The phrase adequately wet is an environmental term referring to asbestos containing material that is sufficiently mixed or penetrated with liquid to prevent the release of particulates. ... // Aerosols are characterized by a particle size distribution function (PSD). ... Air pollution is the modification of the natural characteristics of the atmosphere by a chemical, particulate matter, or biological agent. ... For the use of biological agents by terrorists, see bioterrorism. ... This article is about clouds in meteorology. ... Criteria air contaminants (CAC) are a group of air pollutants that cause smog, acid rain and other health hazards. ... Please wikify (format) this article as suggested in the Guide to layout and the Manual of Style. ... Diesel particulate matter (DPM) refers to the particulate components of diesel exhaust, which include diesel soot and aerosols such as ash particulates, metallic abrasion particles, sulfates, and silicates. ... Look up dust in Wiktionary, the free dictionary. ... For other uses, see Fog (disambiguation). ... Global dimming is the gradual reduction in the amount of global direct irradiance at the Earths surface that was observed for several decades after the start of systematic measurements in 1950s. ... Global warming refers to the increase in the average temperature of the Earths near-surface air and oceans in recent decades and its projected continuation. ... Global Atmosphere Watchs logo The Global Atmosphere Watch (GAW) is a worldwide system established by the World Meteorological Organization – a United Nations agency – to monitor trends in the Earths atmosphere. ... Haze is an atmospheric phenomenon where dust, smoke and other pollutant particles obscure the normal clarity of the sky. ... The National Ambient Air Quality Standards (NAAQS) are standards established by the United States Environmental Protection Agency that apply for outdoor air throughout the country. ... It has been suggested that this article or section be merged into respirator. ... Dutch pea soup Pea soup is soup made, typically, from dried peas. ... Air pollution Pollution is the introduction of pollutants (whether chemical substances, or energy such as noise, heat, or light) into the environment to such a point that its effects become harmful to human health, other living organisms, or the environment. ... A radiological weapon (or radiological dispersion device, RDD) is any weapon that is designed to spread radioactive material with the intent to kill, and cause disruption upon a city or nation. ... It has been suggested that gas mask be merged into this article or section. ... The word scrubber can mean:- The part of a rebreather breathing set which absorbs the carbon dioxide which the individual using the breathing set breathes out. ...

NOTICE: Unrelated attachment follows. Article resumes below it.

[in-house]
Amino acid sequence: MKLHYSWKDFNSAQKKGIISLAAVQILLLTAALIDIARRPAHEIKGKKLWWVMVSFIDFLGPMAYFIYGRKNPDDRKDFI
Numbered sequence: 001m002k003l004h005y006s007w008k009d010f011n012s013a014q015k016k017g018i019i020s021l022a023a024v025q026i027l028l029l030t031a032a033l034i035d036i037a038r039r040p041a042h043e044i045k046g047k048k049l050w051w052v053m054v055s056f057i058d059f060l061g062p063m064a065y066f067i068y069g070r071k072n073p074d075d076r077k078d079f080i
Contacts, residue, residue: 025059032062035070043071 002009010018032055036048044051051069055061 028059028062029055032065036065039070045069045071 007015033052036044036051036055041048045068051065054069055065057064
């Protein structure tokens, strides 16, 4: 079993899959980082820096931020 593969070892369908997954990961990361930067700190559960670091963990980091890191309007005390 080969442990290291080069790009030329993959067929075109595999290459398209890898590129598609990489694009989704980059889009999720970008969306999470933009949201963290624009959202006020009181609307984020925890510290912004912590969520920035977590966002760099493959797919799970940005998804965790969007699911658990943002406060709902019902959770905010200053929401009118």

External links

Look up Particulate in
Wiktionary, the free dictionary.

Wikipedia does not have an article with this exact name. ... Wiktionary (a portmanteau of wiki and dictionary) is a multilingual, Web-based project to create a free content dictionary, available in over 151 languages. ...


  Results from FactBites:
 
Particulates (292 words)
Particulate matter is a complex mixture of organic and inorganic substances, present in the atmosphere as both liquids and solids.
Particulate matter is emitted from a wide range of man-made sources, the most significant primary sources being road transport (25%), non-combustion processes (24%), industrial combustion plants and processes (17%), commercial and residential combustion (16%) and public power generation (15%).
Particulates may be seen as the most critical of all pollutants, and some estimates have suggested that particulates are responsible for up to 10,000 premature deaths in the UK each year.
Particulate - Wikipedia, the free encyclopedia (1857 words)
Particulates, alternatively referred to as particulate matter (PM), aerosols or fine particles, are tiny particles of solid (a smoke) or liquid (an aerosol) suspended in a gas.
The effects of inhaling particulate matter has been widely studied in humans and animals and include asthma, lung cancer, cardiovascular issues, and premature death.
EPA regulates primary particulate emissions and precursors to secondary emissions (NOx, sulfur, and ammonia).
  More results at FactBites »